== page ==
Avoid Immediate Corrective Action Required (ICAR), Corrective Action Required (CAR) and audit observations by remedying operational weaknesses in advance of an actual audit by using CMS’ list of common conditions
    Protect Star Ratings
    Develop, implement and demonstrate robust auditing and monitoring processes as part of an effective compliance program (a requirement for any Part C or D Medicare sponsor).

BluePeak Advisors is a company of pharmacy and healthcare experts focused on helping you navigate and manage your Medicare programs and strategies. With over 90 mock audits and onsite CMS audit support projects under our belt – and counting –, BluePeak’s expert consultants can help your team prepare for a CMS 2017 CMS Program Audit or provide behind-the-scenes help during an actual audit. BluePeak’s experience isn’t limited to mock audits and audit support. We’ve also conducted CMS and mock validation audits, worked with clients to get CMS intermediate sanctions lifted, helped with corrective action remediation, and more.

[1] CMS has announced that it will be revising the way that Star Ratings are impacted by sanctions, CMPs, and compliance actions. The impact that enforcement and compliance actions have on Star Ratings will change between 2018 and 2019 so the Star Rating “Cost” is not considered in this paper. See Centers for Medicare and Medicaid Services. Note to: Medicare Advantage Organizations, Prescription Drug Plan Sponsors, and Other Interested Parties: CY 2018 Call Letter. April 3, 2017. available at:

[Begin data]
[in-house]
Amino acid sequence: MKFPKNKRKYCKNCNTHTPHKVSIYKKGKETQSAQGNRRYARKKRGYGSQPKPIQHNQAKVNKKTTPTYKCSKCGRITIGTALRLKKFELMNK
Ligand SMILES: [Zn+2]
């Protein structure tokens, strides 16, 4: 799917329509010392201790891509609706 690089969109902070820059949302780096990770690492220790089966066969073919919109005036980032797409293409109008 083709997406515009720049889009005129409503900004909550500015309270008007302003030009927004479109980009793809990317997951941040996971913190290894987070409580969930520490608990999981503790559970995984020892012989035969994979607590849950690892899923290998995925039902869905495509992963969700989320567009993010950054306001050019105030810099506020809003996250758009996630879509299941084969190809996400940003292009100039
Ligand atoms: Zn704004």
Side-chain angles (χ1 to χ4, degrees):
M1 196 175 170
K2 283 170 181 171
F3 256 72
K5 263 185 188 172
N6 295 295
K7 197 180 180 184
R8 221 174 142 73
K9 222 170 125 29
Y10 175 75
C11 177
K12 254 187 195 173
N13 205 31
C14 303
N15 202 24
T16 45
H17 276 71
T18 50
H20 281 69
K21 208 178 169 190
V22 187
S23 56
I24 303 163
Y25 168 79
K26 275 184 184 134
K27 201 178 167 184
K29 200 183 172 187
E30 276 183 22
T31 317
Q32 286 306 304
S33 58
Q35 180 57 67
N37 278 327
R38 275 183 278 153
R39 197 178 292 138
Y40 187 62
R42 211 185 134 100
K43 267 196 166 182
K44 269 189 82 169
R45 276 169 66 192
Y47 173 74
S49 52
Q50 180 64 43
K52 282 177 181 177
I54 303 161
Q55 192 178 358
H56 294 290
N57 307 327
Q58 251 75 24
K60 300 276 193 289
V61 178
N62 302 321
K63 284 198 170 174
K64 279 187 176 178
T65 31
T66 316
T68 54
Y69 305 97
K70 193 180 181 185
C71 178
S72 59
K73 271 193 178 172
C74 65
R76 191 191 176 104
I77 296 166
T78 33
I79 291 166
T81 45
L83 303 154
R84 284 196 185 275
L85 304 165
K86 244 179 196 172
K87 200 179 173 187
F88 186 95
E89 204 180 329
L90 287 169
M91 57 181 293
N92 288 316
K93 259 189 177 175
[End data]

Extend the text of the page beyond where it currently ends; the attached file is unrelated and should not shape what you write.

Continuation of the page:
[2] MOEG is comprised of 3 divisions: the Division of Audit Operations (DAO) – responsibilities include performing the Medicare Part C & D Program Audits; the Division of Compliance Enforcement (DCE) – responsibilities include developing and effectuating enforcement and contract actions based on program noncompliance; and the Division of Analysis, Policy and Strategy (DAPS) – responsibilities include the development, maintenance, and oversight of compliance program policy and guidance for sponsors.
[3] See Centers for Medicare and Medicaid Services/Medicare Parts C and D Oversight and Enforcement Group. Civil Money Penalty Methodology. December 15, 2016. available at:
[4] For more information, see Centers for Medicare and Medicaid Services/Medicare Parts C and D Oversight and Enforcement Group. 2016 Part C and Part D Program Audit and Enforcement Report. May 8, 2017; See also Footnote 3.
[5] See
[6] Centers for Medicare and Medicaid Services. CMS Fall Conference: Options for Adjusting Star Ratings for Audits and Enforcement Actions: Listening Session, September 8, 2016. available at:
[7] 42 CFR §§ 422.760 and 423.760.
[8] See Footnote 4.
[9] See Footnote 4.
[10] 42 CFR §§ 422.510(b) and 423.509(b).
[11] See Footnote 9.
[12] 42 CFR §§ 422.510(c) and 423.509(c).
[13] 42 CFR §§ 422.502(b)(3) and 423.503(b)(3).
[14] See 42 CFR §§ 422.502(b)(4) and 423.503(b)(4) for a full list of covered persons.
[15] Centers for Medicare and Medicaid Services. 2017 Medicare Advantage and Prescription Drug Plan Audit & Enforcement Conference & Webcast. May 11, 2017. available at:
[16] Centers for Medicare and Medicaid Services/Medicare Parts C and D Oversight and Enforcement Group. 2016 Part C and Part D Program Audit and Enforcement Report. May 8, 2017, pp. 12, 14, 30.